Geraniums (also known as pelargoniums) are popular bedding plants, providing a burst of colour or fragrance throughout summer. They’re easy to grow and thrive in terracotta pots as well as traditional bedding displays. They work well planted or their own or combined with other plants such as lavender and nemesia. Some types of geranium are perfect for growing in hanging baskets.
As well as offering beautiful blooms, some geraniums, known as scented-leaf geraniums, have fragrant leaves. Choose from apple, orange, lemon, spice or lavender. They’re often sold as herbs as the leaves are edible.
Jump to Best geraniums to grow
What’s the difference between geraniums and pelargoniums?
All plants have a species or Latin name, as well as a common name. ‘Geranium’ is the common name for the species Pelargonium. Confusingly, ‘Geranium‘ is also the botanical name of hardy geraniums, also known as cranesbills or ‘true geraniums’. Despite sharing a common name, geraniums (pelargoniums) and cranesbills (geraniums) are different species, and have different growing requirements.
Looking for hardy geraniums? See our hardy geraniums Grow Guide.
How to grow geraniums
Grow geraniums in moist but well-drained soil in full sun. Cut back in late summer and take cuttings to insure against winter losses. Most geraniums need protection in winter – move pots indoors in autumn to ensure they grow back the following year.
More on growing geraniums:
- Pelargonium types explained
- Pelargonium, euphorbia and salvia pot display
- Nemesia, diascia and pelargonium hanging basket
Where to plant geraniums
Geraniums can be grown in garden soil of any types but will benefit from a neutral or alkaline soil. Grow in a position of full sun in containers, hanging baskets or flower beds.
If growing under glass, protect them from direct sun in high summer.
How to plant geraniums
When growing geraniums in containers choose a peat-free multi-purpose compost with added slow-release fertiliser. Geraniums look spectacular when planted with other summer bedding plants. If planted in a good compost and kept well-watered they’ll withstand being planted tightly with other tender plants.
Here, Monty Don demonstrates how to plant pelargoniums and lavender in pots, for a beautiful display:
How to care for geraniums
Water geraniums well in summer and deadhead to encourage a second flush of flowers.
Geraniums are often grown as annuals and are composted at the end of summer. If you have room in a frost-free place, it’s worth trying to keep them over winter.
To overwinter geraniums, lift plants that are in garden soil or large pots and pot them into a smaller pot. This should be done before the first frost. Remove any damaged leaves and faded flowers. Cut plants back by about a third and position in a frost-free but bright place. The plants won’t go into complete dormancy so water lightly through the winter. In spring, apply a general liquid feed and increase watering. Plant out only once all danger of frost has passed, usually from late May.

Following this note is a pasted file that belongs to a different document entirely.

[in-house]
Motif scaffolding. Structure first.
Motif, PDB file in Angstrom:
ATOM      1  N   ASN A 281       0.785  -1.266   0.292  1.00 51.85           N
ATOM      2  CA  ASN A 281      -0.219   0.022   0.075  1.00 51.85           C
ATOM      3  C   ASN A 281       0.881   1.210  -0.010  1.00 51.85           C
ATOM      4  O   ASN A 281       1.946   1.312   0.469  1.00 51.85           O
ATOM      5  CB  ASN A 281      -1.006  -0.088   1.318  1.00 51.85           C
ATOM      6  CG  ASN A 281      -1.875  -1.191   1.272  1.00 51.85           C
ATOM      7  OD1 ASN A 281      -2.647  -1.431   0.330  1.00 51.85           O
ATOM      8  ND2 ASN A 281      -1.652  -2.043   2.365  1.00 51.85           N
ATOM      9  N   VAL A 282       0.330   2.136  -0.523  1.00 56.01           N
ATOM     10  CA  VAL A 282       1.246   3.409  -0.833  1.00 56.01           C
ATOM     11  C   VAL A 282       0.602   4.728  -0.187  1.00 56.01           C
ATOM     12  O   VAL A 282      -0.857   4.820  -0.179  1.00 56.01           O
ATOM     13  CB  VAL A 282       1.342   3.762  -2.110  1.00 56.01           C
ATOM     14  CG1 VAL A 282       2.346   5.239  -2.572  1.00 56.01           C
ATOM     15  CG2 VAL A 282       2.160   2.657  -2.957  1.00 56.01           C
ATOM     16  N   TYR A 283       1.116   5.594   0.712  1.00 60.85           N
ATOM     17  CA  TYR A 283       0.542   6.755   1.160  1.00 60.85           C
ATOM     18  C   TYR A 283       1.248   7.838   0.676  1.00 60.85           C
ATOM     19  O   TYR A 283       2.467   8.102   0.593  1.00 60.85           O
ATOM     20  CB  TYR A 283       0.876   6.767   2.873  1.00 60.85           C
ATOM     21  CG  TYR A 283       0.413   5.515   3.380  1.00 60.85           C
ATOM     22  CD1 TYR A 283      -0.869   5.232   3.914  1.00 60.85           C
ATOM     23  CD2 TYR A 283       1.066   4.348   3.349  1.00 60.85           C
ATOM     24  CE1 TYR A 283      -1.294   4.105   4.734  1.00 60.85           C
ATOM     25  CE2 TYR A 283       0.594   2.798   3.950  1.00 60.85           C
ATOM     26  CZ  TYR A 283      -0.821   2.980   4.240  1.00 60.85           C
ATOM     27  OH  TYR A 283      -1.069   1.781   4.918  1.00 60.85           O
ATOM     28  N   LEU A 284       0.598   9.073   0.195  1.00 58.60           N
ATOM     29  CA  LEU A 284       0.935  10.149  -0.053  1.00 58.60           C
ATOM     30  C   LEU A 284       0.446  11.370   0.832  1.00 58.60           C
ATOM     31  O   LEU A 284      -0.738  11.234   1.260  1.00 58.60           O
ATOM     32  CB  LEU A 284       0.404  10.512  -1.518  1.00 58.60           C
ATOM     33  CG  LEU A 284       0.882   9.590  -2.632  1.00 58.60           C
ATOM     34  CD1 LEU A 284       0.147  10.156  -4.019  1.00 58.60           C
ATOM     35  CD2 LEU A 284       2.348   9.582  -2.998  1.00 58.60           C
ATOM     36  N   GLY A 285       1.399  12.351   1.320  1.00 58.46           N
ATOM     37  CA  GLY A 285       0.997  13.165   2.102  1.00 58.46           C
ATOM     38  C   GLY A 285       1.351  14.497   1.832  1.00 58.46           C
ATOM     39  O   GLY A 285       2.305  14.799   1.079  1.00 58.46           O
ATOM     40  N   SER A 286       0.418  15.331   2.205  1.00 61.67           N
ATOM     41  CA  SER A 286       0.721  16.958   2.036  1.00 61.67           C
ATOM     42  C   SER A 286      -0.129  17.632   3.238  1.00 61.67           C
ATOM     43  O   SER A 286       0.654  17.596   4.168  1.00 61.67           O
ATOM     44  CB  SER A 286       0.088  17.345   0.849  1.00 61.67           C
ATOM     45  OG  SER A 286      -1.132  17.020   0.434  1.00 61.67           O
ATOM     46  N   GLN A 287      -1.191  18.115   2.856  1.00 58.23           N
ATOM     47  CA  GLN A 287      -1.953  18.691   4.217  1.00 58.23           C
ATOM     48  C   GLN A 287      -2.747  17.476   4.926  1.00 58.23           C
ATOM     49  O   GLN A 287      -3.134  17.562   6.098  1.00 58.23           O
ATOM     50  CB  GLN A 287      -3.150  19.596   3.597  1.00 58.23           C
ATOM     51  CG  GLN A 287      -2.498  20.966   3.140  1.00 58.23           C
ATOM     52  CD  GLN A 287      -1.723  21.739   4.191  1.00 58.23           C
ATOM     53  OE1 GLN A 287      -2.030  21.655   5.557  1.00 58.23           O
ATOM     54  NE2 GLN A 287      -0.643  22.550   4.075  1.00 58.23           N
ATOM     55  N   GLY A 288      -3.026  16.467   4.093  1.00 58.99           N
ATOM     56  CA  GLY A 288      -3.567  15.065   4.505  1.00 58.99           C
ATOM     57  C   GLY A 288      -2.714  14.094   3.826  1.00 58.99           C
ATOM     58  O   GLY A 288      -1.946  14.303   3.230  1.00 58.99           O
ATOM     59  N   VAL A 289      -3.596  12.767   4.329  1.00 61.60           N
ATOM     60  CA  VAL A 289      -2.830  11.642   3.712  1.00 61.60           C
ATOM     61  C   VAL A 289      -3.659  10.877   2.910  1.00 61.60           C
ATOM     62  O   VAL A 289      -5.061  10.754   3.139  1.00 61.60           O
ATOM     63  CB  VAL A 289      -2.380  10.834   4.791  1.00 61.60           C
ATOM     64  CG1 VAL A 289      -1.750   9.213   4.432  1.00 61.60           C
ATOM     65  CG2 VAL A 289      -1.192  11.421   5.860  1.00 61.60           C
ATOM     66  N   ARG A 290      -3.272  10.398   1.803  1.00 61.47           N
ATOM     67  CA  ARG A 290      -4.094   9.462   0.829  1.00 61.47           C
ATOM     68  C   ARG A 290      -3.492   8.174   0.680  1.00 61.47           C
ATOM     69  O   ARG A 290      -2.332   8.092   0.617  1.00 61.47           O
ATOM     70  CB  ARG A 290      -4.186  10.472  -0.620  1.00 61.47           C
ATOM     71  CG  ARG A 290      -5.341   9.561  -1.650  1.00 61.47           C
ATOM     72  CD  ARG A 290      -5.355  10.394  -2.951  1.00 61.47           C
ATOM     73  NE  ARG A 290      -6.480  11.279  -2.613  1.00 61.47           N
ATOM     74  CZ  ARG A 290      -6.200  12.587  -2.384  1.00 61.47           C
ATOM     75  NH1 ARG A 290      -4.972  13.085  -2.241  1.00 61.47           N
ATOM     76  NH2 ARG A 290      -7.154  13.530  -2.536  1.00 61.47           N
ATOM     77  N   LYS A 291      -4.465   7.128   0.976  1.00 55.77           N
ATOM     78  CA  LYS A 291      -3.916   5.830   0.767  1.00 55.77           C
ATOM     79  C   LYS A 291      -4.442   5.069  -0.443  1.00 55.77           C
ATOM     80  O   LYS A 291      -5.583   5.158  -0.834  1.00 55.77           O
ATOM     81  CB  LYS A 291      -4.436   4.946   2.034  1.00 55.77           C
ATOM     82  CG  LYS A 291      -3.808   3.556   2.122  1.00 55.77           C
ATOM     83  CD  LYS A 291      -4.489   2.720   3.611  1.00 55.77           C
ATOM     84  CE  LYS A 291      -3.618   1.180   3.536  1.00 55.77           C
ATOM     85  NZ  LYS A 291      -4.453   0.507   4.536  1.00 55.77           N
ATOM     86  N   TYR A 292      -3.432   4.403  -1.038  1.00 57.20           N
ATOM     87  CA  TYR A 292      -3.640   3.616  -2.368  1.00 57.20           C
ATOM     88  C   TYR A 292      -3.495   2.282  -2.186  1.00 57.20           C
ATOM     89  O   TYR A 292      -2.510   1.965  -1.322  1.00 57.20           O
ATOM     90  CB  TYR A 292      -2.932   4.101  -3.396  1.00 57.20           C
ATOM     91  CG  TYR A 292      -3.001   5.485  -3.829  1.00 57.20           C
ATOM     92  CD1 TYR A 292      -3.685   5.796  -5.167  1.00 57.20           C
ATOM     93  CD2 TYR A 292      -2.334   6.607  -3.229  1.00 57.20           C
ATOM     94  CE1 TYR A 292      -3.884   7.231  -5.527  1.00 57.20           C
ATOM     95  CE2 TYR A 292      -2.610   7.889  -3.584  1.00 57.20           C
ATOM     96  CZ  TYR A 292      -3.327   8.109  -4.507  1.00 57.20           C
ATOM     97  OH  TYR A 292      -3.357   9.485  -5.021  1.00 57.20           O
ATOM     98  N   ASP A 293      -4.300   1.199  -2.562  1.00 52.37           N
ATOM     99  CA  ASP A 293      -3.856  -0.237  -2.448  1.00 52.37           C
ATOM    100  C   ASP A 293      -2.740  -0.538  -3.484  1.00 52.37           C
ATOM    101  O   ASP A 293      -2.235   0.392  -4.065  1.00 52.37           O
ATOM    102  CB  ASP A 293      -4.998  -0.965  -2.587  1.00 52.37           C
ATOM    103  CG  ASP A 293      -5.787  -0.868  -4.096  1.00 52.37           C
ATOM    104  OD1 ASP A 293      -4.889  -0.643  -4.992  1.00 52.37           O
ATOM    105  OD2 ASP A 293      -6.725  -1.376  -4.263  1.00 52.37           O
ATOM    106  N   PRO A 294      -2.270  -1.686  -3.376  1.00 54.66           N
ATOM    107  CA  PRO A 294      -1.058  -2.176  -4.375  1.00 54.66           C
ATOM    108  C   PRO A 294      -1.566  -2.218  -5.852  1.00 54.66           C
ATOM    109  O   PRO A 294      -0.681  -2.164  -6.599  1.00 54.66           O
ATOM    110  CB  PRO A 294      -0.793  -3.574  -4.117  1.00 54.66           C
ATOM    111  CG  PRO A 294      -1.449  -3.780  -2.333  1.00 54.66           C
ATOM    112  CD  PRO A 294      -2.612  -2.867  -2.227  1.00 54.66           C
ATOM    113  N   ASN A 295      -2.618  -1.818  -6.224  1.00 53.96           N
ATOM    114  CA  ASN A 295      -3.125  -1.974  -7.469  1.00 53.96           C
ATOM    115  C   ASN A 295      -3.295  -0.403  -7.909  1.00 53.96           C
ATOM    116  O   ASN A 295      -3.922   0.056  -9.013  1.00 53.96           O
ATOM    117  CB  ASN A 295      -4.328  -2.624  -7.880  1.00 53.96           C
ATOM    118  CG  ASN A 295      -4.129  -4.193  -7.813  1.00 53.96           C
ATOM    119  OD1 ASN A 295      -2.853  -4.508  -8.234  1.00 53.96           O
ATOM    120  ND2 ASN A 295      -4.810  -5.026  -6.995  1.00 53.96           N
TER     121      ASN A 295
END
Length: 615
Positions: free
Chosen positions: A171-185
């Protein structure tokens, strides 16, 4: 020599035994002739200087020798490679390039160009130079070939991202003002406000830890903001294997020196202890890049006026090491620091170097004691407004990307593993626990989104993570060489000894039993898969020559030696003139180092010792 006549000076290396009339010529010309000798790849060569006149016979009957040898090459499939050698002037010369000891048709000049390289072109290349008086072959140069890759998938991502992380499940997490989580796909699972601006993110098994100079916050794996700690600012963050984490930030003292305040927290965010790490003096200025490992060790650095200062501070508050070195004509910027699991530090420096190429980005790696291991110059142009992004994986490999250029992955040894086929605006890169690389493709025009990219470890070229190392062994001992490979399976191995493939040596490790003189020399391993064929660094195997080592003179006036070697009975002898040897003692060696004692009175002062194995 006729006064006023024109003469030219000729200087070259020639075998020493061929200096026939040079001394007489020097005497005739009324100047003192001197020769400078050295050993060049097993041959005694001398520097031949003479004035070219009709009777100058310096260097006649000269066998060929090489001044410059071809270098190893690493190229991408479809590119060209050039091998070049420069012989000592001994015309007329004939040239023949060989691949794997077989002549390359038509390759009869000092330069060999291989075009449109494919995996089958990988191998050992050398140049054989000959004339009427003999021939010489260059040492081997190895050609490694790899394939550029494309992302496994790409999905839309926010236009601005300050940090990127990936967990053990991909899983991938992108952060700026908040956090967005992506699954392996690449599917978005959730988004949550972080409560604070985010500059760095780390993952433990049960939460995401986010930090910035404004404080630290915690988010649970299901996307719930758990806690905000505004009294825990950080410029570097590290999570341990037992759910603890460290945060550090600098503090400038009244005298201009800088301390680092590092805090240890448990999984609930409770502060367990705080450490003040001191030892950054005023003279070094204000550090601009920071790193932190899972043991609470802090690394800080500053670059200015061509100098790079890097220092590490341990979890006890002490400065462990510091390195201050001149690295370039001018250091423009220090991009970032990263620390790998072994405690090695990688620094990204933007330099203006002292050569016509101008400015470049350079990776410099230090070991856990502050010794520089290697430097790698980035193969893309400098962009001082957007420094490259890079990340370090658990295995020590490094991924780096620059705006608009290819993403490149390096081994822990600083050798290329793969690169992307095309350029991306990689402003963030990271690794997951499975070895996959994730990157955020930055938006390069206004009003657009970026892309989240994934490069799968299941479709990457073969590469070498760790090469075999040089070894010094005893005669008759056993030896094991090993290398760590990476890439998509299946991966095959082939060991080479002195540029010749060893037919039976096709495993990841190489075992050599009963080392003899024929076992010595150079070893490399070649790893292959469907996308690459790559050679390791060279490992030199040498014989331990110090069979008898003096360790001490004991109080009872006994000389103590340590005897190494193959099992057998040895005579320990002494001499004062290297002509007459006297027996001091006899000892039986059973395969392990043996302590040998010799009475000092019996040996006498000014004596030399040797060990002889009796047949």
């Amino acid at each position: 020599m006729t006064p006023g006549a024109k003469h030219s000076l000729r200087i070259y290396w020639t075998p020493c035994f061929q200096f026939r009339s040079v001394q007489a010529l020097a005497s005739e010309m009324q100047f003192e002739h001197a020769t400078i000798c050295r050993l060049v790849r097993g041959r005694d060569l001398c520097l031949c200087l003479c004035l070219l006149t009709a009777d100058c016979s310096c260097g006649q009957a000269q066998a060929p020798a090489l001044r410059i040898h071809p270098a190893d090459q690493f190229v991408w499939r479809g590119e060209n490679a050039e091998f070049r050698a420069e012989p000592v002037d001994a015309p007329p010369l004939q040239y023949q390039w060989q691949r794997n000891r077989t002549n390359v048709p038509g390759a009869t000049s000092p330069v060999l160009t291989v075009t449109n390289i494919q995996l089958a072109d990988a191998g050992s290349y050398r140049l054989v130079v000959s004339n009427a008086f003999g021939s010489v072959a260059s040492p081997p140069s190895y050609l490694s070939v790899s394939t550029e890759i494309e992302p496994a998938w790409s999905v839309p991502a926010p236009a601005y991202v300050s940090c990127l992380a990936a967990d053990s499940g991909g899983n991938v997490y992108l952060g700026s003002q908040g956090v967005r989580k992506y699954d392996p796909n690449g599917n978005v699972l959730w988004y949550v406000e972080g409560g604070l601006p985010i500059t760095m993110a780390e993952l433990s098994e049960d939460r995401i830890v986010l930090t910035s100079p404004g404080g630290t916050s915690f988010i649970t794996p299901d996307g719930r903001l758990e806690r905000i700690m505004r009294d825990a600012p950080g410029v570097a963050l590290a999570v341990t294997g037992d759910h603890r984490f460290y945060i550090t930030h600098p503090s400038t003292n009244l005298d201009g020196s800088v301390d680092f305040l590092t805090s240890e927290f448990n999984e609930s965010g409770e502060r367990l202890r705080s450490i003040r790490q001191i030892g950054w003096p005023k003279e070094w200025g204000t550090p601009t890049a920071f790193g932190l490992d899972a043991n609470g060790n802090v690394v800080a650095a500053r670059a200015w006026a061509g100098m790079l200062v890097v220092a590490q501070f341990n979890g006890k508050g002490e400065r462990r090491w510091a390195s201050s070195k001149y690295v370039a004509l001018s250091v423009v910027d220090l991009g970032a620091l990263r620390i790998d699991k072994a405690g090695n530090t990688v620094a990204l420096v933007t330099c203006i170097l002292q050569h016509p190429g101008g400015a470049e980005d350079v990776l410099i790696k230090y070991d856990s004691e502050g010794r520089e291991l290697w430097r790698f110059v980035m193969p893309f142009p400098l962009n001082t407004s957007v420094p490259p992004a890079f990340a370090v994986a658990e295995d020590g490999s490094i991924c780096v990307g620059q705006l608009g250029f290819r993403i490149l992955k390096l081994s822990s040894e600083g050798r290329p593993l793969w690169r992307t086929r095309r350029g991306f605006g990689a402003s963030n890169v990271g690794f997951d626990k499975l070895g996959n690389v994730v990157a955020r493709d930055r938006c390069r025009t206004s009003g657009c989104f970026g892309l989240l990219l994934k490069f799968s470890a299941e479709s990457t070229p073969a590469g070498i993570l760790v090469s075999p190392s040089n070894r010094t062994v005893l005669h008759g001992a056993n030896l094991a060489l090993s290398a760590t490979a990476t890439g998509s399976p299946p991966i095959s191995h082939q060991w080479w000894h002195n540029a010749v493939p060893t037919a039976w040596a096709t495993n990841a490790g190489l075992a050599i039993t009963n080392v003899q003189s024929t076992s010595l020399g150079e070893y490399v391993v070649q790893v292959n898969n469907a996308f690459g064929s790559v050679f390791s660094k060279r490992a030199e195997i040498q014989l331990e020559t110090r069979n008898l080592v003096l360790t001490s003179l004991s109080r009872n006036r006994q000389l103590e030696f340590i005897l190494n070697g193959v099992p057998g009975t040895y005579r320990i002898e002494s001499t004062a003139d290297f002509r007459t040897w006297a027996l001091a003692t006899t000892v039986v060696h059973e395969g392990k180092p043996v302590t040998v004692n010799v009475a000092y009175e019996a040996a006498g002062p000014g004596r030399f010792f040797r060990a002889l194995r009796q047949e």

If growing geraniums as house plants, you can let the plant carry on flowering into autumn, even winter. Keep indoor geraniums away from radiators or open fires.
Here, Monty Don explains how to reinvigorate overwintering geraniums by cutting them back hard before they start into growth:
How to propagate geraniums
Take cuttings from the new growth of overwintered plants in spring. Cuttings can be taken in late summer if preferred.
To remove cutting material, cut above the third joint below the growing tip. Pinch out any flowering buds that are forming. With a clean knife remove all but the top two leaves. Recut the base of the cutting just below lowest joint.
Fill a plastic garden pot with cutting compost and firm the compost down. Water and insert the cuttings into the compost by about 1cm. Position pots in a warm but not hot place that is light. Don’t forget to label the pot if you’ve taken cuttings from lots of different varieties.
Watch Rosie Yeomans demonstrate how to propagate pelargoniums in our No Fuss Guide:
Growing geraniums: problem solving
Zonal geraniums are susceptible to pelargonium rust. This is a fungal disease that is often worse in wet summers or when plants have been grown in a poorly ventilated space. Rust is easily spotted as the underside of leaves displays brown spots. Destroy plants that are covered in the brown spots.
Find out if you should water over-wintering geraniums, in our Quick Tips video:
Best geraniums to grow
Geranium ‘Voodoo’ has stunning wine-red flowers with purple markings. It is a ‘unique’ type – a shrubby geranium that produces masses of small flowers and foliage that is scented when crushed. It flowers for a long time.
‘Vancouver Centennial’ is a zonal geranium that has chocolate-brown leaves with lime green edges and bright red flowers. It’s a Stellar geranium, from a range bred in the 1970s in Australia.
Geranium ‘Lord Bute’ is one of the finest regal pelargoniums, with dark purple, velvety petals with pale edges and fresh, green foliage. Regal geraniums need more watering than other varieties and a warmer minimum temperature in winter.
Geranium ‘Bitter Lemon’ has dark green leaves that have – as its name suggests – a strong, lemony scent. Rub the foliage to release the fragrance. The flowers are a delicate pale pink.
Geranium ‘Attar of Roses’ is highly prized for its strongly rose-scented foliage – the scent is released when the leaves are rubbed or brushed past. It also has pretty, pale pink flowers.
Geranium ‘Splendide’ is a species pelargonium, with unusual bi-coloured flowers in loose clusters and velvety grey-green foliage.